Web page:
Setting up a new computer can be a tedious and tiresome process. I am not the person that has an exact image of my machine, so when things go wrong I just load that image. I would never have something like that because when I am ready to re-install, I want to start as clean as possible.
At some point I went ahead and starting backing up my dotfiles in Github. This starting to make things easier but it was still a problem. I still had to install all the apps I needed to do things. Then the problem was, what and how do I install these things again. So then I watched a video by another developer by the name of Nick Nisi. He built a script to not only get his dotfiles but also it started moving things to where they need to be. Take a look at the video below where I talk a little more about this topic. You can view my current dotfiles here.
So some of my Twitter followers have started to talk up, using a Linux OS called ElementaryOS. Its suppose to give you the look and feel of OSX. So after some many tweets, I have decided to install this in Virtualbox and give this a look over to see if its possible to replace my Windows/Mac environment. I have used Linux before, mostly and Arch/Ubuntu guy. So lets dig in and talk about some of things I liked and disliked.
As soon as the GUI came up for the installer I could feel the Ubuntu. Now there is nothing wrong with this at all. The install went very smooth and had no issues going through it
Got to say after logging in, I really liked the look. You can instantly tell that this is a nicely themed Gnome desktop manager. I love the keyboard remapping to open the application menu to Win key + spacebar. The dock at the bottom makes it look like a Mac desktop
I really like the font and theme of the terminal application.
So there were some ugly things that came up The performance in Virtualbox was not good at all. Maybe this OS is just destine to not be virtualized.
I want to install this as a main OS and try to drive this and see how it goes. It has potential but really want to see how it works when you have a retina and non-retina display. That has been my biggest issue with all Linux distro. The support for multiple different DPI screens is a challenge to work with
One thing that I have always wanted to do was dual boot my Mac computer so I could run Linux on real hardware instead of emulation. This tutorial is going to show you how to accomplish this. A thing to note is you can do this with any Linux distro. Also the Mac that was used in this tutorial was a 13 inch White MacBook 5,2 version.
When this is done go ahead and click quite and install later
At this point you are done with partitioning your drive
Mac not installed
Turn on your Mac and hold the option key down until the selector comes up
Insert your Mac CD in and wait for it to show. Click on it
When the CD is loaded you will want to open disk utilities in the menu up top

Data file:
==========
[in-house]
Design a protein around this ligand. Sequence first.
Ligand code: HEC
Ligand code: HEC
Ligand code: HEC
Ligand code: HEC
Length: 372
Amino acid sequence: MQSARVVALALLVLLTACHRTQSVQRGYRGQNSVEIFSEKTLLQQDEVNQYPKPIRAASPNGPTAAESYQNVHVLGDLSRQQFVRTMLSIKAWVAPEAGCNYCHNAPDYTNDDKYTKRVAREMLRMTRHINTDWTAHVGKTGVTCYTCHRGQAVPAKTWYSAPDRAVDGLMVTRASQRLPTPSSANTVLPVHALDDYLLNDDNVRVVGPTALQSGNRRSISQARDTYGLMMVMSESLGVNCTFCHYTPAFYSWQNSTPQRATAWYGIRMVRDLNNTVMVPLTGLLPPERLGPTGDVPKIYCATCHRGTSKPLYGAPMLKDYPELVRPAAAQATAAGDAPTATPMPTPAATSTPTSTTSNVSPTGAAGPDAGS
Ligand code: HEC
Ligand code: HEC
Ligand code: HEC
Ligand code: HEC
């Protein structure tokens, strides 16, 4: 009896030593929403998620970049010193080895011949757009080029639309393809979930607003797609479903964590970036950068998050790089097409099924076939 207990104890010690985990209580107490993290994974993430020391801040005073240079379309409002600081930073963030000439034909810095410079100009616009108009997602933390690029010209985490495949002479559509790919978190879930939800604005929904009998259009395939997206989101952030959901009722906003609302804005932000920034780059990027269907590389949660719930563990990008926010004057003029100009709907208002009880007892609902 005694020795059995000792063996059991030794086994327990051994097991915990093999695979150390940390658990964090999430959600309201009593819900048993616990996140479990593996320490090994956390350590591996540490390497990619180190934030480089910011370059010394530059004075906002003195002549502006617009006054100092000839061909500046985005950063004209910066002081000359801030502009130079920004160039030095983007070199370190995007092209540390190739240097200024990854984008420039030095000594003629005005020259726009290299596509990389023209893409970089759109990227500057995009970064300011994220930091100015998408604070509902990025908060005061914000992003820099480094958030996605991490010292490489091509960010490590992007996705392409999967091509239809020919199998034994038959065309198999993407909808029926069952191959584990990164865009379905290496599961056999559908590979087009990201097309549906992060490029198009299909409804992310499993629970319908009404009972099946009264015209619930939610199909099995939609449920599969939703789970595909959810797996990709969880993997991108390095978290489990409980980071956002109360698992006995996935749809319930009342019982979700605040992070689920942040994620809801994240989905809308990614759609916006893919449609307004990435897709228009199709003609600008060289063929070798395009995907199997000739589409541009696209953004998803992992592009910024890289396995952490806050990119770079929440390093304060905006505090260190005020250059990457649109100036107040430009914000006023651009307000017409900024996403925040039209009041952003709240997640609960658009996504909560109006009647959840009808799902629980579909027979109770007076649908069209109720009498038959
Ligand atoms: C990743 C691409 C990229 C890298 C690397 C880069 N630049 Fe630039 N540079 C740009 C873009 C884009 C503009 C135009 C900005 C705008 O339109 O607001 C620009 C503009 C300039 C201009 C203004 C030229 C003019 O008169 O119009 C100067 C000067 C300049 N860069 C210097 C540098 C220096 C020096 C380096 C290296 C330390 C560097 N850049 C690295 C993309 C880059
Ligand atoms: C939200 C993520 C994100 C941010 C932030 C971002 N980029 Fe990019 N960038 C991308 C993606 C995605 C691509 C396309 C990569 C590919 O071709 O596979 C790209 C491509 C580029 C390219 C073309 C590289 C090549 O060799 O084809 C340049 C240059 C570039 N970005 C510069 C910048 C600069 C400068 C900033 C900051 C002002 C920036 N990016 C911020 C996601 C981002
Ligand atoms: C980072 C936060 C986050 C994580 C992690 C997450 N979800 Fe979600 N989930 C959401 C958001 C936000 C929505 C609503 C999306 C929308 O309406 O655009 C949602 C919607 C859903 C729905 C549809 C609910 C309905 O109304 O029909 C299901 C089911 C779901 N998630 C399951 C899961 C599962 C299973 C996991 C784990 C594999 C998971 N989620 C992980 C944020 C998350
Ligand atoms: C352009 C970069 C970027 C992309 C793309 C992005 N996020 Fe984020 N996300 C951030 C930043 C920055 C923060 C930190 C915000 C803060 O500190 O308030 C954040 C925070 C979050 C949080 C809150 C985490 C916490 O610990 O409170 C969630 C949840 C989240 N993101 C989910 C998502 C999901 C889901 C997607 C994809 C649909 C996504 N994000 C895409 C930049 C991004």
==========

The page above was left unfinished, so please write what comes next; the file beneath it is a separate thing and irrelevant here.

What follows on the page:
Click on your hard drive and then on the right click the partition tab
Under volume scheme you want to select two partitions
!!!!! Need to work on it ending of this part
You are down with the drive partition now. We now need to move into the boot loader tool that is going to help us along the way
Now go ahead and install the rEFIT application
Note: There is nothing fancy with this install
Now reboot to verify that the boot loader app comes up. If it does not try rebooting again
You are now done with the boot loader and we are now ready to install Gentoo
After downloading and burning the ISO file to a disc you are ready, you are ready to start. Plug in your USB keyboard for now, insert the gentoo disc you burnt and restart. Remember to hold option key down so you get the option to boot to your CD. Now I am not going to go thru all the steps to install because this is well documented on Gentoo’s website. This can be found here!
So lets highlight the sections that you need to make some adjustments since you are not doing a typical dual boot on a regular PC
When you get to the book parameters, you will want to type the following: [bash]gentoo maxcpus=1 vga=791[/bash]
Here is the partition setup I have and you are welcome to follow it. Now yours might be different but should be close. If you are a cfdisk fan like I you will need to open your sda parition in fdisk, to delete the partition created by apple. Also do not worry about the warnings about unsupported GPT table. Its ok, so here is what my partitions looks like after I am done setting up the partitions that the guide tells us too
sda1 – GPT
sda2 – Mac HFS/HFS+
sda3 – Linux root
sda4 – Linux swap
fter you are done with this you will want to type the following: modprobe hid-apple This is done so your drivers get loaded for the apple keyboard. At this point you can remove the USB keyboard. When downloading the stage3, make sure you download the i686 one Now I do not use the genkernel. If you follow the install guide you use ext2 for the boot partition. So for some reason the kernel does not have this enabled so that is the only thing at this time I enable, beyond what is already enabled. After you exit you will want to back up the .config file. I like to do this so I can keep my kernel config files backed up. When you are setting up your grub or lilo, you want to make sure on the kernel line that you add the following: [bash] maxcpus=1 [/bash]
After Gentoo install